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TIF approval pushes Near East Side housing project nearer to finish line
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TIF approval pushes Near East Side housing project nearer to finish line

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A proposal to build another large apartment building along the East Washington Avenue corridor will move forward, with the help of a city financing tool.

Stone House Development’s as yet unnamed project won the Madison Board of Estimates’ approval Monday for $3.45 million in tax incremental financing (TIF) even though the location is just outside the city’s TIF districts.

The project, slated for the 1000 block of East Washington Avenue, would add another tower to the popular Near East Side locale, already home to the Constellation and Galaxie luxury apartments.

In addition to upscale housing, Stone House’s project includes 55 lower-cost units.

The developers would demolish the vacant Madison Dairy Produce and Straus Printing buildings and construct an 11-story building with 140 market-rate apartments, 50,000 square feet of office space, 15,000 square feet for retail businesses and 368 parking stalls.

A four-story adjacent building along Mifflin Street will offer 65 apartments, 55 of them at lower rents.

Nine of the units will be designated for homeless families working with The Road Home nonprofit group and eight for veterans who need social service assistance.

Using TIF, the city will allocate $3.45 million to help with construction costs with the expectation of getting repaid later in property taxes the developer will pay when the project is complete.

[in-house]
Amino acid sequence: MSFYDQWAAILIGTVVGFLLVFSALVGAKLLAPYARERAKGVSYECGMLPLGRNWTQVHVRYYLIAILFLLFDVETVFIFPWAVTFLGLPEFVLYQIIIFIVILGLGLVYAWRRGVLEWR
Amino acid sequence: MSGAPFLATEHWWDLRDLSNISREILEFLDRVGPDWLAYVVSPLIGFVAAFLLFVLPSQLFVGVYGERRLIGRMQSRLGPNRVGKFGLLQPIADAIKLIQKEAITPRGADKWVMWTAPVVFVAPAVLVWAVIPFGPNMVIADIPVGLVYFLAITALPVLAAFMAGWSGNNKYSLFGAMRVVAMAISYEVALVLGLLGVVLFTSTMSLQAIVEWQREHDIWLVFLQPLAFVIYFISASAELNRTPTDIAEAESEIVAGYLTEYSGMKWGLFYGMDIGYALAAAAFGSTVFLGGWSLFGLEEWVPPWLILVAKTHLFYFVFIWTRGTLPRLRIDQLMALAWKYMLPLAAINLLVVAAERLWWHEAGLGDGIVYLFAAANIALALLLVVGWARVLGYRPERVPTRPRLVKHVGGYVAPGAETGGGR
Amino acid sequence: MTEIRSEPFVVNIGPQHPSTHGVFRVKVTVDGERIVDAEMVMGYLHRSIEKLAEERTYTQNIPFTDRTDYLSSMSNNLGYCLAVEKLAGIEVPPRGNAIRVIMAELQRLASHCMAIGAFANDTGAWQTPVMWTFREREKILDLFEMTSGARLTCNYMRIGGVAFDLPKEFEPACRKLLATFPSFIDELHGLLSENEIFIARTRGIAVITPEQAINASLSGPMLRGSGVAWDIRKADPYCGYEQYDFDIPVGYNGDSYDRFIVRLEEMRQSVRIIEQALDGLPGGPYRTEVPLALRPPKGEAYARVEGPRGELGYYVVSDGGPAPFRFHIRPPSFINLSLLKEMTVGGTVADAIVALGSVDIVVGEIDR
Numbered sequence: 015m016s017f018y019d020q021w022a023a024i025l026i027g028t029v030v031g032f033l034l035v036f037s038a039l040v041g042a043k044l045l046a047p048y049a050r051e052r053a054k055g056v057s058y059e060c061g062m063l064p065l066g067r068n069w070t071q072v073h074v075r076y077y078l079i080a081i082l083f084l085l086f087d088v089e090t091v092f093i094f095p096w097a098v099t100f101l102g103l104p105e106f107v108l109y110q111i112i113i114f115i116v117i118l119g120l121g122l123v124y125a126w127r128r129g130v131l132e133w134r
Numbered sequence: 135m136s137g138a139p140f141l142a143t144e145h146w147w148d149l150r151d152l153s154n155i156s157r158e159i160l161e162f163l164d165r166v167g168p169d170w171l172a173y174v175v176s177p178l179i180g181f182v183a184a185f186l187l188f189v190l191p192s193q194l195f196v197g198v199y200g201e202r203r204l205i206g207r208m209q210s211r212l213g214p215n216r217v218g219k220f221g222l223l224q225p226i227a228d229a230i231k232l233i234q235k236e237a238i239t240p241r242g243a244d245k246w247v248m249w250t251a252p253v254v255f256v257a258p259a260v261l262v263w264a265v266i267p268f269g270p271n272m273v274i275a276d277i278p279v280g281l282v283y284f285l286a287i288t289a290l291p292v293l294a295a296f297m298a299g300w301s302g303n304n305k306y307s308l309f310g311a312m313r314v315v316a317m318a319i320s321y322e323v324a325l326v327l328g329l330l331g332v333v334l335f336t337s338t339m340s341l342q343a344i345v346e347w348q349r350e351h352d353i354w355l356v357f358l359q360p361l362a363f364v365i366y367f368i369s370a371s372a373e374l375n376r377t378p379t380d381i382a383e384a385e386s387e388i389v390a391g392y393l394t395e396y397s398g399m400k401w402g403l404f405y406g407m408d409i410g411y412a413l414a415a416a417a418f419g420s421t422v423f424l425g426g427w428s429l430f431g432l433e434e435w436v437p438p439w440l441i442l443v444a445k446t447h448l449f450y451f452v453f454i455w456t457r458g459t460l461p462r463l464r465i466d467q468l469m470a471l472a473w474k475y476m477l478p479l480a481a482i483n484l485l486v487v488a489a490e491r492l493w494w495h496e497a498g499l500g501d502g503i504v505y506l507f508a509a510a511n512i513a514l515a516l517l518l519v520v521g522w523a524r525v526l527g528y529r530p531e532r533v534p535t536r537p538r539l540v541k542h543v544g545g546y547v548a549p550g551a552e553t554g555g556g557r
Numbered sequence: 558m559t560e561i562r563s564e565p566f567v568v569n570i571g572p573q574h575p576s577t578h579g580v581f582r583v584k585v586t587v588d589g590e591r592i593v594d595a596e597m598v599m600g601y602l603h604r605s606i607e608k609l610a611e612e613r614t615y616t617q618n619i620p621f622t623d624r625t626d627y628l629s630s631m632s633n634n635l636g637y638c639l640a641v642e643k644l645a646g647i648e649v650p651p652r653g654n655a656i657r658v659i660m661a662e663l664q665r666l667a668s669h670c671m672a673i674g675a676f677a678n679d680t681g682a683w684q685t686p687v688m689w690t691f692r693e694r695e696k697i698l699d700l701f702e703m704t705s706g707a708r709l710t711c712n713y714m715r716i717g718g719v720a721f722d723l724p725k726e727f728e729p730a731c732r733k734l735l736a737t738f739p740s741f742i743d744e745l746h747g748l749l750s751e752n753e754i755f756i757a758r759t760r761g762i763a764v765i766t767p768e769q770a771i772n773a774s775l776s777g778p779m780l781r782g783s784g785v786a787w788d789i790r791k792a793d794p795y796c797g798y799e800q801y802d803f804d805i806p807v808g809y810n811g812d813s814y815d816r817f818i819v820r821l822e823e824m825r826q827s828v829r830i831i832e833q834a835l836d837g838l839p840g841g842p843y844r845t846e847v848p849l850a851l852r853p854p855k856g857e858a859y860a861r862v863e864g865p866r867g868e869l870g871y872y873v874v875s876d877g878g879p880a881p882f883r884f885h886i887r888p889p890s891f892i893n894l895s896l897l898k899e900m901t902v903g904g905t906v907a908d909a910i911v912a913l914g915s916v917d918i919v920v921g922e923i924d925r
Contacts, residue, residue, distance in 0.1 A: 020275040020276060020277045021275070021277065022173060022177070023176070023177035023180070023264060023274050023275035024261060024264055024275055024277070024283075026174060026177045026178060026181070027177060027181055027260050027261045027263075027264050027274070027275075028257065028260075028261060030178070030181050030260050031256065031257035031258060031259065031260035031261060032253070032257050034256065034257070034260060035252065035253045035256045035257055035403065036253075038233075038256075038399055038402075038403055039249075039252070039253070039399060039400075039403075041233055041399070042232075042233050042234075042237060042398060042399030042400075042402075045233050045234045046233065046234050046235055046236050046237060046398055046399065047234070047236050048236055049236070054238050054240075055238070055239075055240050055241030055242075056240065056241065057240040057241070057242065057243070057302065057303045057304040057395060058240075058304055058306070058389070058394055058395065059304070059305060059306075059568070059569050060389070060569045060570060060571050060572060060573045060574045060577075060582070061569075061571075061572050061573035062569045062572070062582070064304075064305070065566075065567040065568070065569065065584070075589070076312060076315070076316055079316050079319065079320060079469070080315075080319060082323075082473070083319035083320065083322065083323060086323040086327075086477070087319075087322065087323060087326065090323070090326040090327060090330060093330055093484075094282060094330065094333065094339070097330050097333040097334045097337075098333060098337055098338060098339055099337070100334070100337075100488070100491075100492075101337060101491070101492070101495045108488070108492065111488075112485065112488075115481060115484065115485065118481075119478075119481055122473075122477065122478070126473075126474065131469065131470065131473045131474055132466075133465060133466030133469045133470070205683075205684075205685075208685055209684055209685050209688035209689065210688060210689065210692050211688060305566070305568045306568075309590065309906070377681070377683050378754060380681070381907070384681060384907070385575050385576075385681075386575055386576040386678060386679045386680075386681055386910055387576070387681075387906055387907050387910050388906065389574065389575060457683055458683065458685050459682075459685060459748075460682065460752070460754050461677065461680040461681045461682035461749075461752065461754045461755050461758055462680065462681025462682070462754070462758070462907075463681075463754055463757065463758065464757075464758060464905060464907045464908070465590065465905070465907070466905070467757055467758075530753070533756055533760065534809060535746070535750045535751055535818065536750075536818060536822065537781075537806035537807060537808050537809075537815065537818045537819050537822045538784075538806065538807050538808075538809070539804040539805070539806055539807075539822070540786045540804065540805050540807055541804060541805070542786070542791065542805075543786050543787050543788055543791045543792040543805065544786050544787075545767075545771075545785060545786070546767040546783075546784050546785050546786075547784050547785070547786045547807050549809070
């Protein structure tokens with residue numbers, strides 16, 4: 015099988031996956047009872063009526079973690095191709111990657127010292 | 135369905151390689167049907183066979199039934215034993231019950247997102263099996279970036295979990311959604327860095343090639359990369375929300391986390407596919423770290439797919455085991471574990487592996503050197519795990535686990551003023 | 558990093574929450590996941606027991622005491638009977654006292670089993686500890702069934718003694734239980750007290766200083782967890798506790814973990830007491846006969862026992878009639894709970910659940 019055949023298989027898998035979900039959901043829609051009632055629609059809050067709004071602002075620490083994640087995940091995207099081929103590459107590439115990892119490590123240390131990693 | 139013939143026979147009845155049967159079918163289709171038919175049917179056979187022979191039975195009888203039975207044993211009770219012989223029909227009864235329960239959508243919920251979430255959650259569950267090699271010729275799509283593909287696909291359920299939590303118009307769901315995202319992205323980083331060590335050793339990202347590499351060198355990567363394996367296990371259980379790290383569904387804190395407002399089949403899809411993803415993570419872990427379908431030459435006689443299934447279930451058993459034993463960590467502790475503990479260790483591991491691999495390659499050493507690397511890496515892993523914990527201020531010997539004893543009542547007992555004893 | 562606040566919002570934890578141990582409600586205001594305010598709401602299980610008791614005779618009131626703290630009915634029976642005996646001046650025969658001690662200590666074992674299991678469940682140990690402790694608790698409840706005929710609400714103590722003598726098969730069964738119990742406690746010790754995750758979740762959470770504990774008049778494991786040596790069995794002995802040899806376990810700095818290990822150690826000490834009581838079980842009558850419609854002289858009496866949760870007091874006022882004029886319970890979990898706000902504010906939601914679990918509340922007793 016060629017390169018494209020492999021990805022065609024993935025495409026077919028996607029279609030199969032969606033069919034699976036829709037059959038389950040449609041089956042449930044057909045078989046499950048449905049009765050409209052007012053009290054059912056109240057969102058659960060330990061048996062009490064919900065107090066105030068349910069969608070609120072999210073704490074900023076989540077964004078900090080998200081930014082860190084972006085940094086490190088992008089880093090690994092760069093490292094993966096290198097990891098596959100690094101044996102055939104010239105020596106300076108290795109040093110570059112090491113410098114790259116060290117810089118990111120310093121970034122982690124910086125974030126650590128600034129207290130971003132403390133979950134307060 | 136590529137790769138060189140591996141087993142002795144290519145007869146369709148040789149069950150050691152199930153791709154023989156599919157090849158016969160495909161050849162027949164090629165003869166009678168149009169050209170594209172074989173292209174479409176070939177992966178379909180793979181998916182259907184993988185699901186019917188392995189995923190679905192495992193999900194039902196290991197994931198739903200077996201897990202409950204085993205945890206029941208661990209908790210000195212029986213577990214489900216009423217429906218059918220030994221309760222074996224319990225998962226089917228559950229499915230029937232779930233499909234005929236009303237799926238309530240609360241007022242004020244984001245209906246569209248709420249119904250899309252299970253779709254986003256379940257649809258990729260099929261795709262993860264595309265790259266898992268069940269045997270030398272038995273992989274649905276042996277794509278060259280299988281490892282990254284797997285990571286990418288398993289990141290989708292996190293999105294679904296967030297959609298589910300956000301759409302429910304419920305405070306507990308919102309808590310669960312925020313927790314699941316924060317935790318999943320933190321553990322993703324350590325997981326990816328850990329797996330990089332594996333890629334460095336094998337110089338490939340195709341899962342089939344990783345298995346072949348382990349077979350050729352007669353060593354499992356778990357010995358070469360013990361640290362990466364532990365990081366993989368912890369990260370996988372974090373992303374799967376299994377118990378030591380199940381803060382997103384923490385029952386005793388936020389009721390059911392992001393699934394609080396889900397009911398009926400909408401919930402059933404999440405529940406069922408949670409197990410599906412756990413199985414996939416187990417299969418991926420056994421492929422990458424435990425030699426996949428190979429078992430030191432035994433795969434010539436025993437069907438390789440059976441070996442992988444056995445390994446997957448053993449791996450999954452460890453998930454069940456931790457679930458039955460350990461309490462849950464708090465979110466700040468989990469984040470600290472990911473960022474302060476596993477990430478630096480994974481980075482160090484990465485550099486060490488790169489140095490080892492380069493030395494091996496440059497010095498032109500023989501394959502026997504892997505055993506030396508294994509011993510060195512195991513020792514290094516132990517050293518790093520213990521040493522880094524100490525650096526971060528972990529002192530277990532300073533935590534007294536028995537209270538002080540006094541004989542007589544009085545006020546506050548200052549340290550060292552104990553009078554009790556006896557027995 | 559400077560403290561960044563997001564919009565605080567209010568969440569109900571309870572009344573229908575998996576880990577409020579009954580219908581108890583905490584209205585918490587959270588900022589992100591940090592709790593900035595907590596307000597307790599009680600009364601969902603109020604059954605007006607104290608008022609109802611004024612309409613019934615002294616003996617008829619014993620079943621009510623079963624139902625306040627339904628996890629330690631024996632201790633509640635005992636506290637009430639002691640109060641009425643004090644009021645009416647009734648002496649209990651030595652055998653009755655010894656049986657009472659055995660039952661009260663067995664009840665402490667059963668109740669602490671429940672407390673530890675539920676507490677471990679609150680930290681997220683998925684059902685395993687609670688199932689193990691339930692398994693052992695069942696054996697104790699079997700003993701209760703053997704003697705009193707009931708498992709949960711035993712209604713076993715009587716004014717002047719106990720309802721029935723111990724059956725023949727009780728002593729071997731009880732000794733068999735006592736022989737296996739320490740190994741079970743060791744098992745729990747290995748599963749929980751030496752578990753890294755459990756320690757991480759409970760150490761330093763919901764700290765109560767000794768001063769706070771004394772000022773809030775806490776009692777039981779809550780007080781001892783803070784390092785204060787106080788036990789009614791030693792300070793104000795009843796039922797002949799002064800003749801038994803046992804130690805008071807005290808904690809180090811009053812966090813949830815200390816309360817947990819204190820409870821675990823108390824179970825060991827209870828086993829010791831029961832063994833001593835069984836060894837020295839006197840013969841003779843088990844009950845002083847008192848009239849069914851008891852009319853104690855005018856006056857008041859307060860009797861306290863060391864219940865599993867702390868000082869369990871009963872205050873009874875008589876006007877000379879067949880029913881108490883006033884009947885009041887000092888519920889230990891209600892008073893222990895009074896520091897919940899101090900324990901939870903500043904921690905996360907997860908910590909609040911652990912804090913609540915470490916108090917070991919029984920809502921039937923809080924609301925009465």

“It’s a pretty strong application,” Madison TIF coordinator Joe Gromacki told the city panel.

Stone House co-founder Rich Arnesen said the total project will cost more than $40 million.

The TIF funding was “crucial,” he said. “It is harder and harder every year to try to put one of these affordable housing projects together. We have to scramble for every dollar,” Arnesen said.

On Wednesday, the Urban Design Commission is slated to vote on the project, based on its aesthetics. That’s expected to be the final city approval needed, Arnesen said.

He said construction of the 11-story tower could begin this spring and the affordable housing could break ground this fall, with occupancy expected in 2017.

The project also has been approved for $1 million from the city’s Affordable Housing Fund.

In other action, the Board of Estimates — the city’s finance panel — approved:

  • Spending $2.1 million for RNL Design to design a multipurpose city building to house the city’s Fleet Services and traffic engineering radio shop on Nakoosa Trail.
  • Issuing a request for services to design a 650-stall parking facility at East Main and South Livingston streets to serve the neighborhood and the planned StartingBlock entrepreneurial hub.
  • Leasing space at 30 W. Mifflin St. and 126 S. Hamilton St. for the temporary relocation of city employees who work at the Madison Municipal Building during the building’s planned renovation.

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